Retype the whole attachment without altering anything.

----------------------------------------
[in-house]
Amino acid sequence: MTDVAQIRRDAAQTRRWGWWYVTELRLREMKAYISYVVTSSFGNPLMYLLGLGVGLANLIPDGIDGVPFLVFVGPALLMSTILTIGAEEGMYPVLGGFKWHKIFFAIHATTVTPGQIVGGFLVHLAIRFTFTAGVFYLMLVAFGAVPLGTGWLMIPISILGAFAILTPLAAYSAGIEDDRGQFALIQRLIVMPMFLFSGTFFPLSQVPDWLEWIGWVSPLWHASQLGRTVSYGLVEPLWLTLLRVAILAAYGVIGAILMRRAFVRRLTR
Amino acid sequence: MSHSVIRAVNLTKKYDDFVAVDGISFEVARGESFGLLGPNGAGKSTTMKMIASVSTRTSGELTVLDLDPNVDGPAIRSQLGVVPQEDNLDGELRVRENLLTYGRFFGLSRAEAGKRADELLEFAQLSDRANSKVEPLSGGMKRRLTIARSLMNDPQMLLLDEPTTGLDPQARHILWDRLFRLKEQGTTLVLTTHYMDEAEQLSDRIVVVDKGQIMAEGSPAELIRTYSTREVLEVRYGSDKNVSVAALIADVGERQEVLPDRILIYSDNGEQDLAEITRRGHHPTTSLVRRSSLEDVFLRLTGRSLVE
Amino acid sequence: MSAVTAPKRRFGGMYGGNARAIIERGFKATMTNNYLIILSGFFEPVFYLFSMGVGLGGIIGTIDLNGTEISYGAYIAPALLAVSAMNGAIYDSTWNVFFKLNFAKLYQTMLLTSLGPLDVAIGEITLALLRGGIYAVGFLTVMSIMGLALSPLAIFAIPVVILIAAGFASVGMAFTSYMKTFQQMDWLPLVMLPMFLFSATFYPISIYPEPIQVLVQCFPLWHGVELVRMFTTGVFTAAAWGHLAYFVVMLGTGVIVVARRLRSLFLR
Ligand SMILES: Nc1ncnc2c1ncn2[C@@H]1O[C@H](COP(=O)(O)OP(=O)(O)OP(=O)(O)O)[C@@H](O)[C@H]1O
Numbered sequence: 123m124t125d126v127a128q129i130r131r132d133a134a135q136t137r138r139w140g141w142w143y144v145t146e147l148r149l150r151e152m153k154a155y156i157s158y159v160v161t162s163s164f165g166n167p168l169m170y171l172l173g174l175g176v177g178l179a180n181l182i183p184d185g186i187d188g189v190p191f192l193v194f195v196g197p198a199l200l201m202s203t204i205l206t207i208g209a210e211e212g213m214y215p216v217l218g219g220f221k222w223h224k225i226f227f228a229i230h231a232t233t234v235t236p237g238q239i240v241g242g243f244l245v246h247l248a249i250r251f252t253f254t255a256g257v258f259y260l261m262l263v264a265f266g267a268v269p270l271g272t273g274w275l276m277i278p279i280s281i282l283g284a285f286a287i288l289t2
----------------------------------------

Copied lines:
[in-house]
Amino acid sequence: MTDVAQIRRDAAQTRRWGWWYVTELRLREMKAYISYVVTSSFGNPLMYLLGLGVGLANLIPDGIDGVPFLVFVGPALLMSTILTIGAEEGMYPVLGGFKWHKIFFAIHATTVTPGQIVGGFLVHLAIRFTFTAGVFYLMLVAFGAVPLGTGWLMIPISILGAFAILTPLAAYSAGIEDDRGQFALIQRLIVMPMFLFSGTFFPLSQVPDWLEWIGWVSPLWHASQLGRTVSYGLVEPLWLTLLRVAILAAYGVIGAILMRRAFVRRLTR
Amino acid sequence: MSHSVIRAVNLTKKYDDFVAVDGISFEVARGESFGLLGPNGAGKSTTMKMIASVSTRTSGELTVLDLDPNVDGPAIRSQLGVVPQEDNLDGELRVRENLLTYGRFFGLSRAEAGKRADELLEFAQLSDRANSKVEPLSGGMKRRLTIARSLMNDPQMLLLDEPTTGLDPQARHILWDRLFRLKEQGTTLVLTTHYMDEAEQLSDRIVVVDKGQIMAEGSPAELIRTYSTREVLEVRYGSDKNVSVAALIADVGERQEVLPDRILIYSDNGEQDLAEITRRGHHPTTSLVRRSSLEDVFLRLTGRSLVE
Amino acid sequence: MSAVTAPKRRFGGMYGGNARAIIERGFKATMTNNYLIILSGFFEPVFYLFSMGVGLGGIIGTIDLNGTEISYGAYIAPALLAVSAMNGAIYDSTWNVFFKLNFAKLYQTMLLTSLGPLDVAIGEITLALLRGGIYAVGFLTVMSIMGLALSPLAIFAIPVVILIAAGFASVGMAFTSYMKTFQQMDWLPLVMLPMFLFSATFYPISIYPEPIQVLVQCFPLWHGVELVRMFTTGVFTAAAWGHLAYFVVMLGTGVIVVARRLRSLFLR
Ligand SMILES: Nc1ncnc2c1ncn2[C@@H]1O[C@H](COP(=O)(O)OP(=O)(O)OP(=O)(O)O)[C@@H](O)[C@H]1O
Numbered sequence: 123m124t125d126v127a128q129i130r131r132d133a134a135q136t137r138r139w140g141w142w143y144v145t146e147l148r149l150r151e152m153k154a155y156i157s158y159v160v161t162s163s164f165g166n167p168l169m170y171l172l173g174l175g176v177g178l179a180n181l182i183p184d185g186i187d188g189v190p191f192l193v194f195v196g197p198a199l200l201m202s203t204i205l206t207i208g209a210e211e212g213m214y215p216v217l218g219g220f221k222w223h224k225i226f227f228a229i230h231a232t233t234v235t236p237g238q239i240v241g242g243f244l245v246h247l248a249i250r251f252t253f254t255a256g257v258f259y260l261m262l263v264a265f266g267a268v269p270l271g272t273g274w275l276m277i278p279i280s281i282l283g284a285f286a287i288l289t2